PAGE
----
My Mom does a lot better, and every Saturday, she makes Hotscakes.  It's her "splurge meal" of the week if she's watching her calories and she says it's worth it.

Today's Buttermilk Cornbread Hotscakes 
This version  tastes just like cornbread, but lighter, with all the crisp wonderful edges that cornbread gets (as good as pizza bones).

1 and 1/4 cup stone ground cornmeal (get the good stuff, not No Name Brand Cornmeal Dust).
1/2 cup flour
3 teaspoons baking powder
1 teaspoon sugar
2 dashes salt
1 egg
1 and 1/4 cups buttermilk (or make your own by adding 1 T, lemon juice to milk).
1 Tablespoon melted lard
1 Tablespoon melted butter

Mix, cook on a cast iron griddle.

Served with butter and maple syrup or molasses, they are tasty and filling.

Perfect for a day with the tractor mangler (don't laugh, Mom came home and found this in the garage - a surprise from Dad from an auction somewhere)
Come on Mom - Nothing says "I love you" like your own mangler!   
Or a plate of hotscakes.

Sing along with me -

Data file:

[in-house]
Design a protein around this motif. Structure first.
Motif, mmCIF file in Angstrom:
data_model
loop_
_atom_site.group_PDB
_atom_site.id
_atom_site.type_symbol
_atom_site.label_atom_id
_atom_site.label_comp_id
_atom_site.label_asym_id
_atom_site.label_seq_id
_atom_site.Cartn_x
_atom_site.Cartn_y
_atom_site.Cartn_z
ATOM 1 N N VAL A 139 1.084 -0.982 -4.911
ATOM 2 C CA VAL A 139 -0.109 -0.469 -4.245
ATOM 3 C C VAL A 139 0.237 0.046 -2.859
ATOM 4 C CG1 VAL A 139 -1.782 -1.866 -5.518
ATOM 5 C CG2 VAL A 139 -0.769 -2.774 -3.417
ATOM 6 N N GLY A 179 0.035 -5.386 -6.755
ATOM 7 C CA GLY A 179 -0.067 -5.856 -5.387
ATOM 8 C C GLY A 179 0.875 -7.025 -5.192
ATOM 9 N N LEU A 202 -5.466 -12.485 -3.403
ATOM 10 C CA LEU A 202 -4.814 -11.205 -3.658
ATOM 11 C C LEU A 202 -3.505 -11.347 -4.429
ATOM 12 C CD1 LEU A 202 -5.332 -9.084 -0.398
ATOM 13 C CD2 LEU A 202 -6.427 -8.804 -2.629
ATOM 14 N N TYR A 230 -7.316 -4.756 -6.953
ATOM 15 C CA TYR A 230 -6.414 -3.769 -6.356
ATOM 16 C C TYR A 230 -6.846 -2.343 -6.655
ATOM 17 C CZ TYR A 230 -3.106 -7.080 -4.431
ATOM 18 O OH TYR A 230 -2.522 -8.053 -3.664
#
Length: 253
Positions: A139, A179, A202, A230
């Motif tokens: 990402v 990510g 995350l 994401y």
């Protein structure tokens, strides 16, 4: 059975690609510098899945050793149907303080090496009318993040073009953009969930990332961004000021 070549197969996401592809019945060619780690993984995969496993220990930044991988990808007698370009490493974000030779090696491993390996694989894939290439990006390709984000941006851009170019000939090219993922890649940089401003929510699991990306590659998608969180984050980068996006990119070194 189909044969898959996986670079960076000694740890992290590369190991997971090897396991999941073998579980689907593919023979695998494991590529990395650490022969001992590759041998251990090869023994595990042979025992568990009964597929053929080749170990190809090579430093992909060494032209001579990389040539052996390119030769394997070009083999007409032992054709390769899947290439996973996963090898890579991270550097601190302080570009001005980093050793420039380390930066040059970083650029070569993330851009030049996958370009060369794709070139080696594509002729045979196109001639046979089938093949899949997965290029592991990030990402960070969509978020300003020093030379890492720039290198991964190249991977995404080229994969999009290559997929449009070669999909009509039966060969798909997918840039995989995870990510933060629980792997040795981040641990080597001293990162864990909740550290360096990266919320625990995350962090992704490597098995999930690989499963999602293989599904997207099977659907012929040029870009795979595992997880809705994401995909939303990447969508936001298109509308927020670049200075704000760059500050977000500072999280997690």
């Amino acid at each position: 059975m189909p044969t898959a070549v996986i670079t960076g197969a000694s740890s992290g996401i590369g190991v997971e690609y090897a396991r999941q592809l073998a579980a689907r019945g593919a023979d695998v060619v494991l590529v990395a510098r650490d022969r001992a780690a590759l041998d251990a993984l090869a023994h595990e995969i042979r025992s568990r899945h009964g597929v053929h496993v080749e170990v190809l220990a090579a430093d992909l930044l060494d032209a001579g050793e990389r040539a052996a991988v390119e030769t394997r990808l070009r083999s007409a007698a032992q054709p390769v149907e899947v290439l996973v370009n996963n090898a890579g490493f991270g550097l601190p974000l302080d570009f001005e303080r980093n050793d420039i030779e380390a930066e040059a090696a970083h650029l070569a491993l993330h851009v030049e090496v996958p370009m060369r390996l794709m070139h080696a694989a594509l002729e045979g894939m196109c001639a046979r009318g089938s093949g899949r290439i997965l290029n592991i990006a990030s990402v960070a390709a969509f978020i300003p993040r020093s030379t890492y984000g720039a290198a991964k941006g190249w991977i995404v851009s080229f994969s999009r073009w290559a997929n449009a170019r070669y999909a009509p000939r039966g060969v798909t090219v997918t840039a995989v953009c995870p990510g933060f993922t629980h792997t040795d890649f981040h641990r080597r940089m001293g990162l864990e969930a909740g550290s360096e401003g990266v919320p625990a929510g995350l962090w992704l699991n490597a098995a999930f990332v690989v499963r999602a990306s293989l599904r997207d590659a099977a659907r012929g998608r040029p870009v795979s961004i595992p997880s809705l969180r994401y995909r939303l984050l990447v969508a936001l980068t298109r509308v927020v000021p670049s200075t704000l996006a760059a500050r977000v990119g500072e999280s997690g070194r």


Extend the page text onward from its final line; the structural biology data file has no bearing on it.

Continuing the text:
"Green acres is the place to be.
Farm living is the life for me.
Land spreading out, so far and wide.
Keep Manhattan, just give me that countryside".

Friday, October 23, 2015

Mom's Home!

I hope that big old suitcase stays in that spot for a long time.  
 - Abby Lab

Thursday, October 22, 2015

Hugs from Around the World

Butch and Deb -  May this day find Butch on his way to recovery with no further nasty surprises. 
Wags and Hugs from Abby Lab and her family

Thanks to Lee & Phod for their wonderful idea and to Dory for the beautiful badge!

Tuesday, October 20, 2015

Autumn Walkies

The town gargoyle watches as the trees turn color

 Never leaving his post
 As elsewhere, lions guard an entrance
 So many colorful leaves to romp in.
 I love my walkies around the village in the Fall.
 I'll keep to the path Mom, but it's hard to see with all of the leaves.

The pumpkins show up on porches
 As I snoot out the smallest of things.
 You best hide in the shadows Mr. Pumpkin, as Mom could make a pie out of you.
 The sun's so bright and I forgot my "shades".
 Look - it's OUR House
I'll pour this and maybe Mom will come home early.